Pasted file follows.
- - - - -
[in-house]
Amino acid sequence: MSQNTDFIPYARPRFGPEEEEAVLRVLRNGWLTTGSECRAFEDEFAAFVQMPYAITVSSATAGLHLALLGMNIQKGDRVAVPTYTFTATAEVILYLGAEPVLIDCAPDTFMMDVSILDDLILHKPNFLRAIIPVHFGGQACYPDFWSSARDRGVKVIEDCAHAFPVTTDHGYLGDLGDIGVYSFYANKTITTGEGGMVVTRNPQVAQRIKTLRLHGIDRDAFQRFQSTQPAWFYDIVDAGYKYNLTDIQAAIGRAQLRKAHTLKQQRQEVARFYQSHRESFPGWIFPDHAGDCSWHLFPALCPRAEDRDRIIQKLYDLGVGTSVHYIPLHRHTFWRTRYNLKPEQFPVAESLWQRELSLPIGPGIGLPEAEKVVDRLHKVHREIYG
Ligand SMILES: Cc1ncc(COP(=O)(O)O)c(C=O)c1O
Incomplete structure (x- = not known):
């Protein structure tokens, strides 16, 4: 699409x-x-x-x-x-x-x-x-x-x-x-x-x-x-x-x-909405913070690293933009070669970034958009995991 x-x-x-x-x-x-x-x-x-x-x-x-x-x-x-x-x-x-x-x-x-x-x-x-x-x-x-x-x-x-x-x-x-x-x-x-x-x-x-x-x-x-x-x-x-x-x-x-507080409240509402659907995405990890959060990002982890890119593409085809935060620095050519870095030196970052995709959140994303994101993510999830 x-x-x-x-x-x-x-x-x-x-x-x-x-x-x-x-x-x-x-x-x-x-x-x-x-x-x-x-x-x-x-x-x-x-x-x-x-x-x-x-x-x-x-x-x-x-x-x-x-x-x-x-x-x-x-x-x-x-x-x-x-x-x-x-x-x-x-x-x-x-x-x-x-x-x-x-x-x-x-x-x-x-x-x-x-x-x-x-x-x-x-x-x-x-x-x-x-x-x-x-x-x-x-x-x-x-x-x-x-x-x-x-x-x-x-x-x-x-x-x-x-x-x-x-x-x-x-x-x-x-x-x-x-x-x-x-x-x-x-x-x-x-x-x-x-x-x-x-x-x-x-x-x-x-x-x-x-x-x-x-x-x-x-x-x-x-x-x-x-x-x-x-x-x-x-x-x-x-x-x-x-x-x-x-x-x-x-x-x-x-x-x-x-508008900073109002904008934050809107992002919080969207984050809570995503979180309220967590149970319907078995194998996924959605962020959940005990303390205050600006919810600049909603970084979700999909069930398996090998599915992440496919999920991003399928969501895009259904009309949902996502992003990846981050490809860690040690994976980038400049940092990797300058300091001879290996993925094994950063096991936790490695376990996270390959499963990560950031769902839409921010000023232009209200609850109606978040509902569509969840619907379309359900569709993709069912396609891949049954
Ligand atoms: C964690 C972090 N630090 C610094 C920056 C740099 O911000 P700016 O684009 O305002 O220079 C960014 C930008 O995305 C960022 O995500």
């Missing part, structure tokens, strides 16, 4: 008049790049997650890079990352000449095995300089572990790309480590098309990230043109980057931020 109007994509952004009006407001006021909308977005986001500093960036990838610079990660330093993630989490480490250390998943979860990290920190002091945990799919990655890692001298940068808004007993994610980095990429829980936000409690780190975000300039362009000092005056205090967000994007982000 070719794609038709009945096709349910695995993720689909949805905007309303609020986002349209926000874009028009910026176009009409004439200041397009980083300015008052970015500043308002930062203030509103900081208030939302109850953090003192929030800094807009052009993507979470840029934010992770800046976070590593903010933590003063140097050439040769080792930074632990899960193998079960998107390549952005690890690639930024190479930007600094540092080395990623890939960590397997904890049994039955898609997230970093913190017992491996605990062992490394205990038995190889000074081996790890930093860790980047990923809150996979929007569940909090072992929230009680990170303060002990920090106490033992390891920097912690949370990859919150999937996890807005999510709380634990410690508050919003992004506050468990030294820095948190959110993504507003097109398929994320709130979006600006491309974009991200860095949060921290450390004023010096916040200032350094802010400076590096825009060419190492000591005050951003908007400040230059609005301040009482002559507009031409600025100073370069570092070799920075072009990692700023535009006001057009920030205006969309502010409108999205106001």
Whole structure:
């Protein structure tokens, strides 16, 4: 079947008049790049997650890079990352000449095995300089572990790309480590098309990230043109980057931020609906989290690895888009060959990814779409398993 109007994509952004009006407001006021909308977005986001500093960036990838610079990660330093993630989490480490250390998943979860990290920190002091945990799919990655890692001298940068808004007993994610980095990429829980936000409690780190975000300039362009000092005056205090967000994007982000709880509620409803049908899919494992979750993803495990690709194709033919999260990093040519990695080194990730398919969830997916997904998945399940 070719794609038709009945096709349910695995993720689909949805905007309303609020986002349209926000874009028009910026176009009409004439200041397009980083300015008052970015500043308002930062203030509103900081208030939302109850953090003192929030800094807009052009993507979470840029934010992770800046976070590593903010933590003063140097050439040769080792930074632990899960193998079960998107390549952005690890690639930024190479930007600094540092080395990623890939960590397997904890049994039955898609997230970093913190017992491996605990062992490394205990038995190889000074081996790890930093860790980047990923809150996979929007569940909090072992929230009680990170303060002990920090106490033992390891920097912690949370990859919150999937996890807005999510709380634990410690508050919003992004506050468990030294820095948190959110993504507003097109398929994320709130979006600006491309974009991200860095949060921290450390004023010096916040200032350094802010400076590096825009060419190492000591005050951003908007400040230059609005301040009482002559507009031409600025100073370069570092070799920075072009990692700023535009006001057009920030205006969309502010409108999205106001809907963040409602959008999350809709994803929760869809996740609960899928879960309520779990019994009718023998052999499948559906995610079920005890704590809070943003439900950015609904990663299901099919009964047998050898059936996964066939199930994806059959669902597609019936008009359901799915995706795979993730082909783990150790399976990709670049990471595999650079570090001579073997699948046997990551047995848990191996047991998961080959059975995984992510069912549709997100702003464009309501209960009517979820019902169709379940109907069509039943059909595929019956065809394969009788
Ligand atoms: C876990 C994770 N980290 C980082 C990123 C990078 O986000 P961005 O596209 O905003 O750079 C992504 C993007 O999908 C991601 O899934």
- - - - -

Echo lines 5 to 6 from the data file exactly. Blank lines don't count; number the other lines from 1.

């Protein structure tokens, strides 16, 4: 699409x-x-x-x-x-x-x-x-x-x-x-x-x-x-x-x-909405913070690293933009070669970034958009995991 x-x-x-x-x-x-x-x-x-x-x-x-x-x-x-x-x-x-x-x-x-x-x-x-x-x-x-x-x-x-x-x-x-x-x-x-x-x-x-x-x-x-x-x-x-x-x-x-507080409240509402659907995405990890959060990002982890890119593409085809935060620095050519870095030196970052995709959140994303994101993510999830 x-x-x-x-x-x-x-x-x-x-x-x-x-x-x-x-x-x-x-x-x-x-x-x-x-x-x-x-x-x-x-x-x-x-x-x-x-x-x-x-x-x-x-x-x-x-x-x-x-x-x-x-x-x-x-x-x-x-x-x-x-x-x-x-x-x-x-x-x-x-x-x-x-x-x-x-x-x-x-x-x-x-x-x-x-x-x-x-x-x-x-x-x-x-x-x-x-x-x-x-x-x-x-x-x-x-x-x-x-x-x-x-x-x-x-x-x-x-x-x-x-x-x-x-x-x-x-x-x-x-x-x-x-x-x-x-x-x-x-x-x-x-x-x-x-x-x-x-x-x-x-x-x-x-x-x-x-x-x-x-x-x-x-x-x-x-x-x-x-x-x-x-x-x-x-x-x-x-x-x-x-x-x-x-x-x-x-x-x-x-x-x-x-508008900073109002904008934050809107992002919080969207984050809570995503979180309220967590149970319907078995194998996924959605962020959940005990303390205050600006919810600049909603970084979700999909069930398996090998599915992440496919999920991003399928969501895009259904009309949902996502992003990846981050490809860690040690994976980038400049940092990797300058300091001879290996993925094994950063096991936790490695376990996270390959499963990560950031769902839409921010000023232009209200609850109606978040509902569509969840619907379309359900569709993709069912396609891949049954
Ligand atoms: C964690 C972090 N630090 C610094 C920056 C740099 O911000 P700016 O684009 O305002 O220079 C960014 C930008 O995305 C960022 O995500």